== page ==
IQ News: Point of View – A Net News Junkie Tells All




How To Cope With Information Overload.
It may be the central quandary of the Information Age: as the amount of information available grows, the ability to absorb that information–not to mention the seeming necessity of doing so–becomes ever more of a strain.
Take following the advertising industry as one example of how much has changed. It used to be easy. There was the advertising column in The New York Times and the advertising trades. Gradually, the choices widened as USA Today, The Wall Street Journal and others began to show more interest in media and marketing.
But if keeping up with those publications required 10 minutes on the train over a cup of coffee, the Internet changed everything. There are now at least 15 magazines that cover the Internet and online media, and, of course, each of these has a Web site, some of which update such information-junkie favorites as the Microsoft antitrust trial several times a day. The amount of information can quickly overwhelm you. But that doesn’t quiet that voice in your head telling you that it might be good for your career to keep on top of what’s going on in online media.
Fortunately, you’re reading the work of an information junkie, one of the few in their right minds who reads all of this. And even more fortunately, I’ve decided to outline the methods I use to support my news habit.
It all starts with your portal of choice (in the off-chance you’re not familiar with the term, it refers to what is often a Web user’s default homepage. Formerly known as search engines, the sites now serve as windows on the Web, offering up news, weather, stock quotes and other must-have information). For a lot of us, that portal of choice is Yahoo!. Located at Yahoo.com, it, like many of its competitors, has a personalization feature, accessible by clicking on “My Yahoo!” at the top of the homepage. It also provides a free daily update on cool sites at the online version of the Ziff-Davis-produced print magazine Yahoo! Internet Life, yil.com. I can’t say enough about Yahoo!, a site so good that it’s a lifestyle.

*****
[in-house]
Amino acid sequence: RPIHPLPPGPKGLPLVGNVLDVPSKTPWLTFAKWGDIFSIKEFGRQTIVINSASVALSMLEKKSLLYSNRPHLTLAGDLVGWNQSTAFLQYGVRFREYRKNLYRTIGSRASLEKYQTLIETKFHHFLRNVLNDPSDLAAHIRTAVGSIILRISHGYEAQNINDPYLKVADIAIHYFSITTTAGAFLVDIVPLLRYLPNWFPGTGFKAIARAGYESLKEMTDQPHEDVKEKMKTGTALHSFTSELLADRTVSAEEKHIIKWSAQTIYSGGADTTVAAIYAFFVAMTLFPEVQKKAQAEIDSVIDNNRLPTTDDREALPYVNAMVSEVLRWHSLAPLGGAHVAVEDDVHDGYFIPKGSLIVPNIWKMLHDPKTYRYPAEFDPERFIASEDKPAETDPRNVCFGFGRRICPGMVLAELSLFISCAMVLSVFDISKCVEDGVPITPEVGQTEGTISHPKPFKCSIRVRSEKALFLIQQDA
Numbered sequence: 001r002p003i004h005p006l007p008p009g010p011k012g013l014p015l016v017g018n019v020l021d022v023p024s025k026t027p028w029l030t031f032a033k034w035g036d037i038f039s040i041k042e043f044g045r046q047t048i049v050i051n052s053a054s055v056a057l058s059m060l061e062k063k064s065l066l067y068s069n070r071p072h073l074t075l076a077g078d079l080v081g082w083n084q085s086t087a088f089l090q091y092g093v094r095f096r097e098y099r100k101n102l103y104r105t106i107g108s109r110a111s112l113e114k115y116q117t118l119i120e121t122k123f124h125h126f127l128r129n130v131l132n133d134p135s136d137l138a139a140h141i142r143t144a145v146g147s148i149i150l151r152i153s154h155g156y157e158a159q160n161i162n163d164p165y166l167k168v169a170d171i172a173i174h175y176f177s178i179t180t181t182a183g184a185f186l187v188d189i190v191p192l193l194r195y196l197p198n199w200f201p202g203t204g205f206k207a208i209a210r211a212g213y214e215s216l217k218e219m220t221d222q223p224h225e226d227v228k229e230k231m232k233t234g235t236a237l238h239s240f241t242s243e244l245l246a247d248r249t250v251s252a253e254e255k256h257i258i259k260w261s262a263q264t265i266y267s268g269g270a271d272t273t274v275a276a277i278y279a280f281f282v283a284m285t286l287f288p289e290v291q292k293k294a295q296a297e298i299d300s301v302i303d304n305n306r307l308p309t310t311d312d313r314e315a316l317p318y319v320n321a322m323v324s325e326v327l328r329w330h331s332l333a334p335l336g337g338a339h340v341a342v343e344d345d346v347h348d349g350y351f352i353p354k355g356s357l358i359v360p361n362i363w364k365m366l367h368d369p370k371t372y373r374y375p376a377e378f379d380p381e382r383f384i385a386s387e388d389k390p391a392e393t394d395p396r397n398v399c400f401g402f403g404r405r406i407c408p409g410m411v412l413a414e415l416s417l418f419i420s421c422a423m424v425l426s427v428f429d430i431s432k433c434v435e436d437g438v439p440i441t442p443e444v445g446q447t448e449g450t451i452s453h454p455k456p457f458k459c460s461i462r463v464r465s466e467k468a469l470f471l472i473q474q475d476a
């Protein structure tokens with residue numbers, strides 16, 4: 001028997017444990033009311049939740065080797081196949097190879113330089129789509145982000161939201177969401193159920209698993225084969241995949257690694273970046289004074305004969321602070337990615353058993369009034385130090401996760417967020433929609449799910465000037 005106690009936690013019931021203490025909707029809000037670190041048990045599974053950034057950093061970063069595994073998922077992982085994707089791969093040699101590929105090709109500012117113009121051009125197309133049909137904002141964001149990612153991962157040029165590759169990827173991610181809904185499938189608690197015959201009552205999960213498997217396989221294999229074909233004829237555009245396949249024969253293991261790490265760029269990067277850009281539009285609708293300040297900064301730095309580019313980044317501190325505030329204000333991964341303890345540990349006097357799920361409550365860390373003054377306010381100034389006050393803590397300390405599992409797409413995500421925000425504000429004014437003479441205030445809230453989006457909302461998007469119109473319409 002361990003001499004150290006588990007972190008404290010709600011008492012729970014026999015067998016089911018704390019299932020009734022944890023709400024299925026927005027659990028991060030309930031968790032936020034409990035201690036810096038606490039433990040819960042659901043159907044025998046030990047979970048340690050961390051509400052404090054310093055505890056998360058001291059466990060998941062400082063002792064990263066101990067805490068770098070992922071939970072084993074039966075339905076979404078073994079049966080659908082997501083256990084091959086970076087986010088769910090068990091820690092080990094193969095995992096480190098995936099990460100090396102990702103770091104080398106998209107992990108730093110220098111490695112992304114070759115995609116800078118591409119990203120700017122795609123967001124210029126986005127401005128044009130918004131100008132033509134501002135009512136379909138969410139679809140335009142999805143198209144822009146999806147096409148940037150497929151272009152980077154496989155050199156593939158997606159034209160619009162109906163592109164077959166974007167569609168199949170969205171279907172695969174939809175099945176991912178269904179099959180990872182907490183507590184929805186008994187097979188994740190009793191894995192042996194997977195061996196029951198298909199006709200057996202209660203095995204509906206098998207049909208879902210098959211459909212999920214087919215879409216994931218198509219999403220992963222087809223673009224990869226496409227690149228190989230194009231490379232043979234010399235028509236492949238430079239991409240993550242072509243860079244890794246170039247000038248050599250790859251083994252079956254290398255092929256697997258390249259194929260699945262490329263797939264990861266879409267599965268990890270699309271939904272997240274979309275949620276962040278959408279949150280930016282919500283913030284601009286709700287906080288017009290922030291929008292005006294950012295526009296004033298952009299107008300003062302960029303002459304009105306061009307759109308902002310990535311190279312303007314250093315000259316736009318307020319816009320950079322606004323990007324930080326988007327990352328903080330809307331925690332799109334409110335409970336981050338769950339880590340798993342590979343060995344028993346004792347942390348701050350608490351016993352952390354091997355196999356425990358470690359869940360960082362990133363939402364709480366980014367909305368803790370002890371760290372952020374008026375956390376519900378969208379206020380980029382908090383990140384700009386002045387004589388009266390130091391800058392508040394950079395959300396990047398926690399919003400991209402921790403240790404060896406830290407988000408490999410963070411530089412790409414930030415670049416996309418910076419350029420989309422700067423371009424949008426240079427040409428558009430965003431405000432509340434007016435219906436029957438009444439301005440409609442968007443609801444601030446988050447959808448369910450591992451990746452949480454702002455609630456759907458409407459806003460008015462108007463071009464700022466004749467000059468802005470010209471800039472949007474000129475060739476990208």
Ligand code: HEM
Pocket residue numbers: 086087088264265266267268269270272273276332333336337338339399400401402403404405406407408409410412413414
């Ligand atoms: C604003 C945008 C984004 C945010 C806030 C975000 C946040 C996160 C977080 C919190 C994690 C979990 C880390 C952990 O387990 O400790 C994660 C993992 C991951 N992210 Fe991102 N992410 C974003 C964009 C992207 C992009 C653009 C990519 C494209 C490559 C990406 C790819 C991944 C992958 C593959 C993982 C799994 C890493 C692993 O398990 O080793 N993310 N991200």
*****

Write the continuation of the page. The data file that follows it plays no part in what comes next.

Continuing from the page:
However, I use Microsoft’s latest portal entry at http://home.microsoft.com for its simplicity. Like most portals, you can customize it to include news, weather and sports from online media services such as ESPN, MSNBC and The New York Times, and it will keep track of your stock portfolio by providing updated quotes. The site provides audio and video clips of news and it can be customized so that, for example, you can receive, as I do, inning-by-inning updates of New York Yankees games as they’re being played.
There are numerous other portals out there all covering the same waterfront–Excite, Netscape’s Netcenter, NBC’s Snap, and the just-launched “Go” from Disney, to name a few. And it may be trial and error to discover which one, or ones, floats your boat. For instance, Netcenter allows you to customize your own site to receive daily coverage of the Internet, and others have their own particular attributes.
As you scout for an online news service that meets your needs, it’s important to remember how truly individual online tastes can be. Despite the critical drubbing that PointCast (www.pointcast.com) has taken in its recent past, I confess that I love PointCast as an informational screen saver. Yes, it’s a bandwidth hog, and push technology may be last year’s–or maybe the year before’s–hype, but if it’s running over your company’s T-1 line instead of your telephone line, it’s of no concern to you. It’s free and provides a wealth of information in a dozen category-specific channels such as news, lifestyle and sports. The channels rotate through your screensaver, or can be accessed at any time by clicking through to them. My only gripe with PointCast is its reliance on Reuters for general news, which always seems to be a bit behind the rest of the world.